retrieve data from the database according to the processed first message;
process the data retrieved from the database according to the processed first message;
process a web services description language file into a second message; and
transmit the second message to the secondary software system according to the processed first message.
23. The method of claim 20 wherein the secondary software system is an end-user application.
24. The method of claim 23 wherein the end-user application is capable of providing web services.
25. The method of claim 20 wherein the first message includes code for sending the second message in the form of an XML message.
26. The method of claim 20 wherein the first message includes code for sending the second message in the form of an XML message.
27. The method of claim 20 wherein the first message is a SOAP message.
28. The apparatus of claim 21 wherein the secondary software system is an end-user application.
29. The apparatus of claim 28 wherein the end-user application is capable of providing web services.
30. The apparatus of claim 21 wherein the first message includes code for sending the second message in the form of an XML message.
31. The apparatus of claim 21 wherein the first message includes code for sending the second message in the form of an XML message.
32. The apparatus of claim 21 wherein the first message is a SOAP message.
33. The computer readable medium of claim 22 wherein the secondary software system is an end-user application.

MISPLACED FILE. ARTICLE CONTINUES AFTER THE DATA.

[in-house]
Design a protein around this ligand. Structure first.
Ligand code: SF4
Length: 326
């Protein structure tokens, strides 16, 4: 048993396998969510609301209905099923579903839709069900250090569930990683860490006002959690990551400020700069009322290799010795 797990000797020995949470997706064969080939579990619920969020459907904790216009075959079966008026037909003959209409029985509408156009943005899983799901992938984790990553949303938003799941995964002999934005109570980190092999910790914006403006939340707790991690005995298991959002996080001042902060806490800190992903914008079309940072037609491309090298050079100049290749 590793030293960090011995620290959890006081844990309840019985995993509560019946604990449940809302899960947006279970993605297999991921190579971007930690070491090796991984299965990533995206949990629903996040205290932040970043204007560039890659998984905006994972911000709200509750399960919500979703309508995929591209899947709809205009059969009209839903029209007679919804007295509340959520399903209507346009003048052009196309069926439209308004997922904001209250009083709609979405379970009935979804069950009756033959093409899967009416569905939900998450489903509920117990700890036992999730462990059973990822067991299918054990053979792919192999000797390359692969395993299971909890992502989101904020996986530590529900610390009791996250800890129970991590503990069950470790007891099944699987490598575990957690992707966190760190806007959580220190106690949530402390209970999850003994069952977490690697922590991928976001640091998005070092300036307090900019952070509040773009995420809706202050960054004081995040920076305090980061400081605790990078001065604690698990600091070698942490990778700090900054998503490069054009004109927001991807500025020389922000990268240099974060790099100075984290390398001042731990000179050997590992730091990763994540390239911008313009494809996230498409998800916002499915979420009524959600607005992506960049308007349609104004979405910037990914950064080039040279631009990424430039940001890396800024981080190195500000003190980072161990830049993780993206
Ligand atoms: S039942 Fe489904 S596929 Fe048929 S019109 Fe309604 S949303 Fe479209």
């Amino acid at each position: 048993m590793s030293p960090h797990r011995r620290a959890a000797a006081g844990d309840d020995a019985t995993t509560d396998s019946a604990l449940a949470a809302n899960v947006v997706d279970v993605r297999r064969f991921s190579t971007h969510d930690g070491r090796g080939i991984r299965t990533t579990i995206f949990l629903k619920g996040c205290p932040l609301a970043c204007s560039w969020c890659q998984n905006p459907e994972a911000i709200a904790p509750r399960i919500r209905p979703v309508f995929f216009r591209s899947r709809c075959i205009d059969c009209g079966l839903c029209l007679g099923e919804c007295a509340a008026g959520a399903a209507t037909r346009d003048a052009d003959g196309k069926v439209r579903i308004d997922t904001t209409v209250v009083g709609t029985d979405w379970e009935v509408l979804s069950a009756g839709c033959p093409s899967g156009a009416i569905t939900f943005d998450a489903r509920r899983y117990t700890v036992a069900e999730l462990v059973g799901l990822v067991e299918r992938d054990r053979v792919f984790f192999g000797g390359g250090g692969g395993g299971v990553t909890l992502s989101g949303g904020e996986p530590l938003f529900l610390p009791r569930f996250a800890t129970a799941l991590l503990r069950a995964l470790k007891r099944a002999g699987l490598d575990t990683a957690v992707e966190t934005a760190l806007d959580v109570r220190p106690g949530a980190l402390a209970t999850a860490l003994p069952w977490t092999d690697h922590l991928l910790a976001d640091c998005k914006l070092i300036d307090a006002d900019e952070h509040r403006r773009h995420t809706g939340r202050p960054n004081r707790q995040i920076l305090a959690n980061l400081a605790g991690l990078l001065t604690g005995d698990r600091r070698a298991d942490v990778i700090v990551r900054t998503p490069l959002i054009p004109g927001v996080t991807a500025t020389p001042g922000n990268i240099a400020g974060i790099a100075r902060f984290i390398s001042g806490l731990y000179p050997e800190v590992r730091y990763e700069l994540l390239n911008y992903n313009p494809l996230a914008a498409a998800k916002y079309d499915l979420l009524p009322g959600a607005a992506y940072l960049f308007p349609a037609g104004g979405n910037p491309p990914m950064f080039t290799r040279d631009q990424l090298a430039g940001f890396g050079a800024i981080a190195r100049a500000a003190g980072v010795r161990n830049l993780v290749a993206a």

34. The computer readable medium of claim 33 wherein the end-user application is capable of providing web services.
35. The computer readable medium of claim 22 wherein the first message includes code for sending the second message in the form of an XML message.
36. The computer readable medium of claim 22 wherein the first message includes code for sending the second message in the form of an XML message.
37. The computer readable medium of claim 22 wherein the first message is a SOAP message.
Description

This application is a divisional of prior application Ser. No. 10/823,478, which is a continuation-in-part of prior application Ser. No. 10/626,810, filed Jul. 24, 2003, now U.S. Pat. No. 7,477,968, which application is a continuation of prior application Ser. No. 09/808,690, filed Mar. 14, 2001, now U.S. Pat. No. 6,611,740. The present application incorporates the contents of each prior application referenced herein by reference in its entirety.

BACKGROUND

Vehicles, such as light-duty cars and trucks and heavy-duty tractor/trailers, may include “telematics” systems that monitor information describing the vehicle's location and diagnostic condition. Such telematics systems may include a conventional global positioning system (“GPS”) that receives signals from orbiting satellites and a processor that analyzes these signals to calculate a GPS “fix.” The fix describes the vehicle's location with an accuracy of about 10 meters or better and may include data such as the vehicle's latitude, longitude, altitude, heading, and velocity.

Telematics systems may also include circuitry that monitors the host vehicle's diagnostic system. For example, light-duty automobiles and trucks beginning with model year 1996 may include an on-board diagnostic (“OBD-II”) system as mandated by the Environmental Protection Agency (“EPA”). OBD-II systems may operate under one of the following communication protocols: J1850 VPW (Ford); J1850 VPWM (General Motors); ISO 9141-2 (most Japanese and European vehicles); Keyword 2000 (some Mercedes and Hyundai vehicles); and CAN (a newer protocol used by many vehicles manufactured after 2004).